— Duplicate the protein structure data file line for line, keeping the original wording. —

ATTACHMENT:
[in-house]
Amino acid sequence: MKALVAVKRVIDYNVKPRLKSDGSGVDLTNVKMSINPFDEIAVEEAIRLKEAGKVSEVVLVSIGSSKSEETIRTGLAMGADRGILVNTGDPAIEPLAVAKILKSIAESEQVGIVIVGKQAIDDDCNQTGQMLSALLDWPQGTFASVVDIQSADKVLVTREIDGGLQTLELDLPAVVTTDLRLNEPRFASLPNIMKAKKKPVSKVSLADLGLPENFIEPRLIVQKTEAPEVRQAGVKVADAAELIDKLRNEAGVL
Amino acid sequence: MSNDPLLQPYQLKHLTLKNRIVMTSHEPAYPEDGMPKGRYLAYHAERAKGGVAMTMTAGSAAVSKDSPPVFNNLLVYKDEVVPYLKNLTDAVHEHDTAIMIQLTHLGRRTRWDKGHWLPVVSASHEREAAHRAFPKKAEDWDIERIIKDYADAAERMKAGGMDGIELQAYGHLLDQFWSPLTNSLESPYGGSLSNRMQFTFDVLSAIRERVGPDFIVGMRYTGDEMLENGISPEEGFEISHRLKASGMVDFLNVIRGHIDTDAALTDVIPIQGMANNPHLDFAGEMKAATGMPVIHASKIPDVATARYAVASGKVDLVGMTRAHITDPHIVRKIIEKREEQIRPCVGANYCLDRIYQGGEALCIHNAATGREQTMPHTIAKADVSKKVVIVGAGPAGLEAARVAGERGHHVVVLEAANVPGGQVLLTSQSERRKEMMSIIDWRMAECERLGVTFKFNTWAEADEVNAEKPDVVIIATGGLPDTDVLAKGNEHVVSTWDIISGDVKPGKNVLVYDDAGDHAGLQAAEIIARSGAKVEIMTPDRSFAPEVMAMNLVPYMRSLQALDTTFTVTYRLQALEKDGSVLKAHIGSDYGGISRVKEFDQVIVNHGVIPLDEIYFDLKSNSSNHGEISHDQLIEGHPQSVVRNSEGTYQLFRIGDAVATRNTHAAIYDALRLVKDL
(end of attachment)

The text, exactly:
[in-house]
Amino acid sequence: MKALVAVKRVIDYNVKPRLKSDGSGVDLTNVKMSINPFDEIAVEEAIRLKEAGKVSEVVLVSIGSSKSEETIRTGLAMGADRGILVNTGDPAIEPLAVAKILKSIAESEQVGIVIVGKQAIDDDCNQTGQMLSALLDWPQGTFASVVDIQSADKVLVTREIDGGLQTLELDLPAVVTTDLRLNEPRFASLPNIMKAKKKPVSKVSLADLGLPENFIEPRLIVQKTEAPEVRQAGVKVADAAELIDKLRNEAGVL
Amino acid sequence: MSNDPLLQPYQLKHLTLKNRIVMTSHEPAYPEDGMPKGRYLAYHAERAKGGVAMTMTAGSAAVSKDSPPVFNNLLVYKDEVVPYLKNLTDAVHEHDTAIMIQLTHLGRRTRWDKGHWLPVVSASHEREAAHRAFPKKAEDWDIERIIKDYADAAERMKAGGMDGIELQAYGHLLDQFWSPLTNSLESPYGGSLSNRMQFTFDVLSAIRERVGPDFIVGMRYTGDEMLENGISPEEGFEISHRLKASGMVDFLNVIRGHIDTDAALTDVIPIQGMANNPHLDFAGEMKAATGMPVIHASKIPDVATARYAVASGKVDLVGMTRAHITDPHIVRKIIEKREEQIRPCVGANYCLDRIYQGGEALCIHNAATGREQTMPHTIAKADVSKKVVIVGAGPAGLEAARVAGERGHHVVVLEAANVPGGQVLLTSQSERRKEMMSIIDWRMAECERLGVTFKFNTWAEADEVNAEKPDVVIIATGGLPDTDVLAKGNEHVVSTWDIISGDVKPGKNVLVYDDAGDHAGLQAAEIIARSGAKVEIMTPDRSFAPEVMAMNLVPYMRSLQALDTTFTVTYRLQALEKDGSVLKAHIGSDYGGISRVKEFDQVIVNHGVIPLDEIYFDLKSNSSNHGEISHDQLIEGHPQSVVRNSEGTYQLFRIGDAVATRNTHAAIYDALRLVKDL